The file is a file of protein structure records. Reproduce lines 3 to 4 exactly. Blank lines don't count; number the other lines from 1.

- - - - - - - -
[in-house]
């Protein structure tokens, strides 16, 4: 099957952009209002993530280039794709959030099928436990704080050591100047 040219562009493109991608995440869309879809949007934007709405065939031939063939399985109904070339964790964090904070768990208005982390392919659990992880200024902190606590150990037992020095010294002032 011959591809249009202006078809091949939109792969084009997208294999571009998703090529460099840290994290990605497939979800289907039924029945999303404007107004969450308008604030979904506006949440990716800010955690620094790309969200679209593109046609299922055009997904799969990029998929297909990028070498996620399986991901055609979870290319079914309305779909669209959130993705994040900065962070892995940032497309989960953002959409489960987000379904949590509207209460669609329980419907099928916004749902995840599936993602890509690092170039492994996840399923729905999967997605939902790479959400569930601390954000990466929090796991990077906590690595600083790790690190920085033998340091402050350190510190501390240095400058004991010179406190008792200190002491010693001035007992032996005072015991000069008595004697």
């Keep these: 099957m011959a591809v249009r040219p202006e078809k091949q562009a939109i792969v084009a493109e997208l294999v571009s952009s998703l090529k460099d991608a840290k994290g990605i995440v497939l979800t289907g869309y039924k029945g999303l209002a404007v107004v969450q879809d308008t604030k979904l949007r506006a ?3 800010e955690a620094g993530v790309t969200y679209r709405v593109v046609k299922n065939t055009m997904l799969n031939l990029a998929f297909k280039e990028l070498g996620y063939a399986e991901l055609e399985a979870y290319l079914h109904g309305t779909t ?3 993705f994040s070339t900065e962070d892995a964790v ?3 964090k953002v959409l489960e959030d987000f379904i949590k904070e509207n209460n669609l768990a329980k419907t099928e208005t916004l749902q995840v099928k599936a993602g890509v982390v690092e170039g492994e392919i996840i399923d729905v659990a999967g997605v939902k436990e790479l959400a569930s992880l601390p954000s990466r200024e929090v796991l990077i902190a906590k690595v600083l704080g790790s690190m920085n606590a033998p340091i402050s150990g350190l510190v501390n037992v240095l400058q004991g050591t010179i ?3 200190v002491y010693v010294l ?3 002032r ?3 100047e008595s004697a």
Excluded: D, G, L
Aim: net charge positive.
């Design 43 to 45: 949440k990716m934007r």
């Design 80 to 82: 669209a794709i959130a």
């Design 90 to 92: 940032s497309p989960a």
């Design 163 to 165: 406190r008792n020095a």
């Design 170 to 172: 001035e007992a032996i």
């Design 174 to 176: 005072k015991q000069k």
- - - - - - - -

């Keep these: 099957m011959a591809v249009r040219p202006e078809k091949q562009a939109i792969v084009a493109e997208l294999v571009s952009s998703l090529k460099d991608a840290k994290g990605i995440v497939l979800t289907g869309y039924k029945g999303l209002a404007v107004v969450q879809d308008t604030k979904l949007r506006a ?3 800010e955690a620094g993530v790309t969200y679209r709405v593109v046609k299922n065939t055009m997904l799969n031939l990029a998929f297909k280039e990028l070498g996620y063939a399986e991901l055609e399985a979870y290319l079914h109904g309305t779909t ?3 993705f994040s070339t900065e962070d892995a964790v ?3 964090k953002v959409l489960e959030d987000f379904i949590k904070e509207n209460n669609l768990a329980k419907t099928e208005t916004l749902q995840v099928k599936a993602g890509v982390v690092e170039g492994e392919i996840i399923d729905v659990a999967g997605v939902k436990e790479l959400a569930s992880l601390p954000s990466r200024e929090v796991l990077i902190a906590k690595v600083l704080g790790s690190m920085n606590a033998p340091i402050s150990g350190l510190v501390n037992v240095l400058q004991g050591t010179i ?3 200190v002491y010693v010294l ?3 002032r ?3 100047e008595s004697a």
Excluded: D, G, L